July 29, 2006
White House photo by Paul Morse
The president said the top priorities of the United States and United Kingdom are to provide immediate humanitarian relief, end the violence, ensure the return of displaced people and assist with reconstruction efforts. "We recognize that many Lebanese people have lost their homes, so we'll help rebuild the civilian infrastructure that will allow them to return home safely," he said.
In the coming week, both countries are seeking a U.N. Security Council resolution that sets "a clear framework" for the cessation of hostilities and mandates the multinational force, Bush said.
"Prime Minister Blair and I agree that this approach gives the best hope to end the violence and create lasting peace and stability in Lebanon. This approach will demonstrate the international community's determination to support the government of Lebanon, and defeat the threat from Hizballah and its foreign sponsors," he said, referring to Iran and Syria.
It also would provide for the end of Hizballah's attacks on Israel, the return of kidnapped Israeli soldiers, the suspension of Israel's operations in Lebanon and the withdrawal of Israeli forces from that country, he said.
"Our goal is to achieve a lasting peace, which requires that a free, democratic and independent Lebanese government be empowered to exercise full authority over its territory. We want a Lebanon free of militias and foreign interference, and a Lebanon that governs its own destiny, as is called for by U.N. Security Council Resolutions 1559 and 1680," he said.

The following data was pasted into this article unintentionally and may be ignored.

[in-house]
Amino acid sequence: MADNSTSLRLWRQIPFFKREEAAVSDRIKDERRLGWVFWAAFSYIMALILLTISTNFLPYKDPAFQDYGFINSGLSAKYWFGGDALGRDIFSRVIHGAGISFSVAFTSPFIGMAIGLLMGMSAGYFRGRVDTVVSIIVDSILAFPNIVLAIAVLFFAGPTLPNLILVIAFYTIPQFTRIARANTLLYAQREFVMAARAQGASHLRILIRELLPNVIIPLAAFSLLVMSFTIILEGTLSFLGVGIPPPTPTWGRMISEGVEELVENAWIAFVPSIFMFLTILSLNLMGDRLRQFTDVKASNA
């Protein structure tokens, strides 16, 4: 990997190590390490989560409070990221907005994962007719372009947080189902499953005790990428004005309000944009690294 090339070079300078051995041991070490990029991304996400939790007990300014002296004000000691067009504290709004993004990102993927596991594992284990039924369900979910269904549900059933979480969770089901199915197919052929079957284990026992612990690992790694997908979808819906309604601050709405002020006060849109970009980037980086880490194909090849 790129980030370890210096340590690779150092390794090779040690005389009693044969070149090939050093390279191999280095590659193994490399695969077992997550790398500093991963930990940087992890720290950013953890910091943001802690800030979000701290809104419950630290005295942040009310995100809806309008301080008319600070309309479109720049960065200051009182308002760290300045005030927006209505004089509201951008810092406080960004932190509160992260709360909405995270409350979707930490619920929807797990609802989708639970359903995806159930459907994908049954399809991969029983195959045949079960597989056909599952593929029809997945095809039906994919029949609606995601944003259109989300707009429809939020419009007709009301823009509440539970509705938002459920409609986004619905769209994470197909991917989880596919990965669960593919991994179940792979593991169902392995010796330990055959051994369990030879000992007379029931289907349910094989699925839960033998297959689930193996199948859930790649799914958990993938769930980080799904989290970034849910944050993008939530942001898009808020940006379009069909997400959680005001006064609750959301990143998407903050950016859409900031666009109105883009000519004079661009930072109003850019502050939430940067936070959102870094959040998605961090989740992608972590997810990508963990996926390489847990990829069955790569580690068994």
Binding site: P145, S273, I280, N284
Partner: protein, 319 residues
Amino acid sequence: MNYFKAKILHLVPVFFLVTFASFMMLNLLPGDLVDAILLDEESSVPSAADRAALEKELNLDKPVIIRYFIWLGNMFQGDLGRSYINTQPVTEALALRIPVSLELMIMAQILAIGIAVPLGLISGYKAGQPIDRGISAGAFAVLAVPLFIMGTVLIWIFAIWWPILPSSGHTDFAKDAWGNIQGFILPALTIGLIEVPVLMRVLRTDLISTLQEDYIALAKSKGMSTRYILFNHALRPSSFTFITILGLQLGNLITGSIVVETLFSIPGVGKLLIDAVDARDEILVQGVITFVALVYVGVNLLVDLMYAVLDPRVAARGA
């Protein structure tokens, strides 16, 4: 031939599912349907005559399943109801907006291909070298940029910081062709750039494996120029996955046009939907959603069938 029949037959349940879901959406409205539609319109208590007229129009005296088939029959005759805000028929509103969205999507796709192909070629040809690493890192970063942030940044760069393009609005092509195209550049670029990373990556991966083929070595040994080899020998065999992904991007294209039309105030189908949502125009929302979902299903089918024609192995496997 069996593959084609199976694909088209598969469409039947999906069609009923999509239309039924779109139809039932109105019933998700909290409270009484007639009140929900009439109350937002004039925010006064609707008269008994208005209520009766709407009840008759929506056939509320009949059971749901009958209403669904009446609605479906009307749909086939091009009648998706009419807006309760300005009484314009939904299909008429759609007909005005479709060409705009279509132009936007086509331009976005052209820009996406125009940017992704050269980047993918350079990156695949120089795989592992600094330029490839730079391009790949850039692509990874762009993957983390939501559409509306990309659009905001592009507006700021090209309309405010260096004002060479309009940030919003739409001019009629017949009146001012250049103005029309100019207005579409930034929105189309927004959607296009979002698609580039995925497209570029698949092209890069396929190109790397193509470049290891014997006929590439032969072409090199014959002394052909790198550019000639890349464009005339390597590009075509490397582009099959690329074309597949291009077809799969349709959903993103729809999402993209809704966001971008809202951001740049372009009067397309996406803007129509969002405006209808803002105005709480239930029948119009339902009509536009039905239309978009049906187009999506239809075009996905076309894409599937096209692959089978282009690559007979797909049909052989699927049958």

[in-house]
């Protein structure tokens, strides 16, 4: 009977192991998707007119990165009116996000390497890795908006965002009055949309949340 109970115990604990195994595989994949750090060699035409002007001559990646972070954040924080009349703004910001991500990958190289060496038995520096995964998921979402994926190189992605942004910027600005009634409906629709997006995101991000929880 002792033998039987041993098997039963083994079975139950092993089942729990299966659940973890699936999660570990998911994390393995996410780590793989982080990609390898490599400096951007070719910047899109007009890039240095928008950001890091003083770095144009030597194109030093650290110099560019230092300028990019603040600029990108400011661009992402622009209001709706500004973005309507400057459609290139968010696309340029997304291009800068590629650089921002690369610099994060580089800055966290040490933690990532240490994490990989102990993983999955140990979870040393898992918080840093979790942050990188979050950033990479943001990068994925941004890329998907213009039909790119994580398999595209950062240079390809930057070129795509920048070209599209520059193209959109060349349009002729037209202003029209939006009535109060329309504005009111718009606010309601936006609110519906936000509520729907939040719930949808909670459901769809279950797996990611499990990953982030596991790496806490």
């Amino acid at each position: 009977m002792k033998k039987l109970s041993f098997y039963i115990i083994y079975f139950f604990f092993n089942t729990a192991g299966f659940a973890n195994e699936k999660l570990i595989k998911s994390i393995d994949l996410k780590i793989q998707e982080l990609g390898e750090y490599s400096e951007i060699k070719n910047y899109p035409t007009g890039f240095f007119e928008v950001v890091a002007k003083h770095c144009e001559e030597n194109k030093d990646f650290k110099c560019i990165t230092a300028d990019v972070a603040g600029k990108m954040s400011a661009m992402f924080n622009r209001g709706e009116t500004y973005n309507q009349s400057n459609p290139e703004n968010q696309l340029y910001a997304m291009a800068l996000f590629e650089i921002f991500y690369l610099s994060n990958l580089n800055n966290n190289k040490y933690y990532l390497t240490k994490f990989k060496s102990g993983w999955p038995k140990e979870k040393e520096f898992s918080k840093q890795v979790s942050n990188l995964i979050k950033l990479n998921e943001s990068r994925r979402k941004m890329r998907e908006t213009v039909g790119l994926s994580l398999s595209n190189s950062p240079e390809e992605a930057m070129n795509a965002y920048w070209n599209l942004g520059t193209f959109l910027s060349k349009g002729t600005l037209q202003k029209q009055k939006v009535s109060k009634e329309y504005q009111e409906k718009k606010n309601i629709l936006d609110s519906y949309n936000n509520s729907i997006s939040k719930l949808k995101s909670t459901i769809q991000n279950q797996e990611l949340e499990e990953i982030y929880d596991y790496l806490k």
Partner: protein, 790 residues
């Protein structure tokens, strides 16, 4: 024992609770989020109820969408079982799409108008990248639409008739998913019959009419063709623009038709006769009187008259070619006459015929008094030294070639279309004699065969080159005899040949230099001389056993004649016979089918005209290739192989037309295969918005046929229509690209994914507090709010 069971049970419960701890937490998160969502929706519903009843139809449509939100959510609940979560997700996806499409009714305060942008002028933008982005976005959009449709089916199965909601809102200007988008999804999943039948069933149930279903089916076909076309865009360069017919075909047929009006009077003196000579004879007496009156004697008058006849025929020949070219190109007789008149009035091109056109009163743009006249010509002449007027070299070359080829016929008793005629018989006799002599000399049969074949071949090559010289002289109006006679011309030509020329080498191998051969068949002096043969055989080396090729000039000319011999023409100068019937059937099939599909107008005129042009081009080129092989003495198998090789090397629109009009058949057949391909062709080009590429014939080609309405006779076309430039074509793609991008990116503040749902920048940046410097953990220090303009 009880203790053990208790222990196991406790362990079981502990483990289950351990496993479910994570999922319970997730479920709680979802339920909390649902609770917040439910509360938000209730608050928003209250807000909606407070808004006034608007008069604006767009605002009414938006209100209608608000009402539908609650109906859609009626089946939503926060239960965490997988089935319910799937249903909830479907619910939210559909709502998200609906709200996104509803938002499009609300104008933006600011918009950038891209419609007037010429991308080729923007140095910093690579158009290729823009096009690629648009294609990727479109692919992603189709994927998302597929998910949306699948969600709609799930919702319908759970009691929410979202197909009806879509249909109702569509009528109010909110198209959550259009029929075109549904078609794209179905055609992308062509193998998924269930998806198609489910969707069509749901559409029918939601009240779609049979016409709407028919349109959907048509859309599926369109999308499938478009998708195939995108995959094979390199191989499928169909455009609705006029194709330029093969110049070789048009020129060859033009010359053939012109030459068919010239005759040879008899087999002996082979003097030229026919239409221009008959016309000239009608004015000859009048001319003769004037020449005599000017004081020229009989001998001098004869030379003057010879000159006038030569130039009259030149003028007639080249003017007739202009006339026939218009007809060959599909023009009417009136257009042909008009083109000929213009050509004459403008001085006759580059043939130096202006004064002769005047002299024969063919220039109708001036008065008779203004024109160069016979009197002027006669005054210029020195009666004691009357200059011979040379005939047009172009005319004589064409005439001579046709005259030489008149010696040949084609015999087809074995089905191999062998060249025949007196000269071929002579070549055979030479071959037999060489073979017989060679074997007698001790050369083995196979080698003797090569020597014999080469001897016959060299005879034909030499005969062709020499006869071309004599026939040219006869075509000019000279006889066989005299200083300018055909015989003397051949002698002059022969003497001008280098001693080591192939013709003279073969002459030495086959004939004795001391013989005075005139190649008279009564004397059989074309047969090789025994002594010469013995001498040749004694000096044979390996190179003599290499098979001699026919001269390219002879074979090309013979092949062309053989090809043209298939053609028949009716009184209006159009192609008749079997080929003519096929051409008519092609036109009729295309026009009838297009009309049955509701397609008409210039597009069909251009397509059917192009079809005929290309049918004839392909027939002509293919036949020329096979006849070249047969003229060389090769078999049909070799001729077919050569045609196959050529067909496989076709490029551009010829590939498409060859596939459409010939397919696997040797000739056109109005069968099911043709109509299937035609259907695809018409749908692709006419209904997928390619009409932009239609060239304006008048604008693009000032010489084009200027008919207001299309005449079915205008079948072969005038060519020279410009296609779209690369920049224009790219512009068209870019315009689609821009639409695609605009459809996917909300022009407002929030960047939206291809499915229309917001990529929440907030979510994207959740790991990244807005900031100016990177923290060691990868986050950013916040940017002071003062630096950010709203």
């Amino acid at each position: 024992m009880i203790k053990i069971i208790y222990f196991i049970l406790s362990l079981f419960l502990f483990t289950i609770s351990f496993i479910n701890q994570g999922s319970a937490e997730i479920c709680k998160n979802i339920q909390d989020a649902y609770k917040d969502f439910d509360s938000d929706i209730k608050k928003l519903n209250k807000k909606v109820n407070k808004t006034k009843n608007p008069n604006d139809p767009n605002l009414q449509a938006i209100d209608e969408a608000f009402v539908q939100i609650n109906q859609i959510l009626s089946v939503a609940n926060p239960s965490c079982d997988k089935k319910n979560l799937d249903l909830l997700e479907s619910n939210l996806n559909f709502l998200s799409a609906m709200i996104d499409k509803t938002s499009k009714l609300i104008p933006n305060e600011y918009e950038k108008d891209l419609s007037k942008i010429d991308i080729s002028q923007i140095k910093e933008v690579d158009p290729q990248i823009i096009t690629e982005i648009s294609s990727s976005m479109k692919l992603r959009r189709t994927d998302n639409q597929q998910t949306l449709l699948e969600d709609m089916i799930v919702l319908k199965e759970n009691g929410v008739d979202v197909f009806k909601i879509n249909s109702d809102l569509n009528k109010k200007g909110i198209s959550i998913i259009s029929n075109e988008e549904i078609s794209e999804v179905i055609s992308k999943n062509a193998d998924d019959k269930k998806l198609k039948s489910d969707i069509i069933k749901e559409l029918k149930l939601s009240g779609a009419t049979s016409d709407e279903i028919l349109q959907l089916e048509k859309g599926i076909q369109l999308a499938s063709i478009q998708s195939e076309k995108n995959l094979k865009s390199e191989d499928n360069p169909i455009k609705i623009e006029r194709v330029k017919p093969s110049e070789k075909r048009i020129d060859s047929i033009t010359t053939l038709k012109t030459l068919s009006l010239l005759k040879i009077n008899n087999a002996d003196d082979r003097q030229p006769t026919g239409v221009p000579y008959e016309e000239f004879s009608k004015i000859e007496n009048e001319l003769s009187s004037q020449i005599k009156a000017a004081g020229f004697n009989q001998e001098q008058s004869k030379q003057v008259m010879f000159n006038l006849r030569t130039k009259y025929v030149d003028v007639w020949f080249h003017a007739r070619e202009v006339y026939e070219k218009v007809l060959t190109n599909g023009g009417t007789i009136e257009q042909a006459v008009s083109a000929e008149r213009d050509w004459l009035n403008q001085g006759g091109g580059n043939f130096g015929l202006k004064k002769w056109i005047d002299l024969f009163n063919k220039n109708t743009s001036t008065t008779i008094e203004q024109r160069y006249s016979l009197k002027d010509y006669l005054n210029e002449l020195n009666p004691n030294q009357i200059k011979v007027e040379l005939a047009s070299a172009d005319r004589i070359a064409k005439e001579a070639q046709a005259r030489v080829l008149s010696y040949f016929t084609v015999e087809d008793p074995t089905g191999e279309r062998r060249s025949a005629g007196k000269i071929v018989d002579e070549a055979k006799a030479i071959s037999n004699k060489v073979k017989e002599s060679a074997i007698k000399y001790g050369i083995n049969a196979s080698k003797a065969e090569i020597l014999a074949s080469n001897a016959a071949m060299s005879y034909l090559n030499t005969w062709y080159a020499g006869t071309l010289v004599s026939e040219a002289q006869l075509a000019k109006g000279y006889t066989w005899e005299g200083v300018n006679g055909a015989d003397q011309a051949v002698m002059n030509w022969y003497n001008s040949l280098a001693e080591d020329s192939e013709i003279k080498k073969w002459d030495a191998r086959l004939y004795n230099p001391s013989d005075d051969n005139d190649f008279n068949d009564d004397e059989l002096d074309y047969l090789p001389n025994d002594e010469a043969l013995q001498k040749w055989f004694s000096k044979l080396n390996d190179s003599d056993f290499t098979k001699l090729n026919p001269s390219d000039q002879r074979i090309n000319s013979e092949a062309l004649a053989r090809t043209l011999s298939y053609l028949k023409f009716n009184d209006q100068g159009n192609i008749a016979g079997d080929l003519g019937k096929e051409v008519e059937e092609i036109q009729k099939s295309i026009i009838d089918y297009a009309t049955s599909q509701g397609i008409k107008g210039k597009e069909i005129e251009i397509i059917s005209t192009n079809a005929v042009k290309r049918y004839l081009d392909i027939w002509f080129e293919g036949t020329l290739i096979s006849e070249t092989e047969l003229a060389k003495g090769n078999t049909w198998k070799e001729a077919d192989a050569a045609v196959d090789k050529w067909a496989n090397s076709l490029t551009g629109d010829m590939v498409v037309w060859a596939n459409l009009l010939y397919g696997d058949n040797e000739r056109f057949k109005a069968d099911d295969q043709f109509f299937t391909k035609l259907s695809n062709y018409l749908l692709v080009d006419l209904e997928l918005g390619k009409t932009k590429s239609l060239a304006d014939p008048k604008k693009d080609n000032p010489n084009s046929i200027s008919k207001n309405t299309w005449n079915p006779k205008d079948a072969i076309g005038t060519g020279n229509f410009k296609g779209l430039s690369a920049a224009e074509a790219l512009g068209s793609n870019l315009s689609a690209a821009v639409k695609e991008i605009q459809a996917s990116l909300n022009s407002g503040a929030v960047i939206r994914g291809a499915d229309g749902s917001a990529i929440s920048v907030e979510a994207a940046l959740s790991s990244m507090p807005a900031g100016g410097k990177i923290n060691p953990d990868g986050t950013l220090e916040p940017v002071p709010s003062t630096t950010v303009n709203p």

The president added that the current conflict could be turned into "a moment of opportunity and a chance for a broader change in the region," including renewed efforts to revive peace talks between Israel and the Palestinians aimed at creating a democratic Palestinian state.
Prime Minister Blair said the current situation has been "a complete tragedy for Lebanon, for Israel and for the wider region" and was provoked by Hizballah's military buildup and activities.
"[N]othing will work unless, as well as an end to the immediate crisis, we put in place the measures necessary to prevent it occurring again," he said, including the full implementation of U.N. Security Council Resolution 1559 that ensures southern Lebanon is "not used as a base for armed militia."
He welcomed Secretary Rice's return to the region and the joint U.S. and British support for the multinational force and a U.N. resolution to allow the end of hostilities, saying it is a "viable plan" to stop the violence.
"The purpose of what we are doing, therefore, is to bring about, yes, the cessation of hostilities, which we want to see as quickly and as urgently as possible, but also to put in place a framework that allows us to stabilize the situation for the medium and longer term," Blair said, and to "take this opportunity to set out and achieve a different strategic direction for the whole of that region."
Both leaders also called on Iran and Syria to end their support for Hizballah and terrorism and to help to end the violence.
Blair said the two countries must make a choice to "either come in and participate as proper and responsible members of the international community, or face the risk of increasing confrontation."
President Bush said during their talks, he and Blair also discussed the situations in Iraq, Afghanistan, and Darfur. They also urged Iran to accept the international offer concerning its nuclear program, adding that the Iranian regime "will not be allowed to develop or acquire nuclear weapons."
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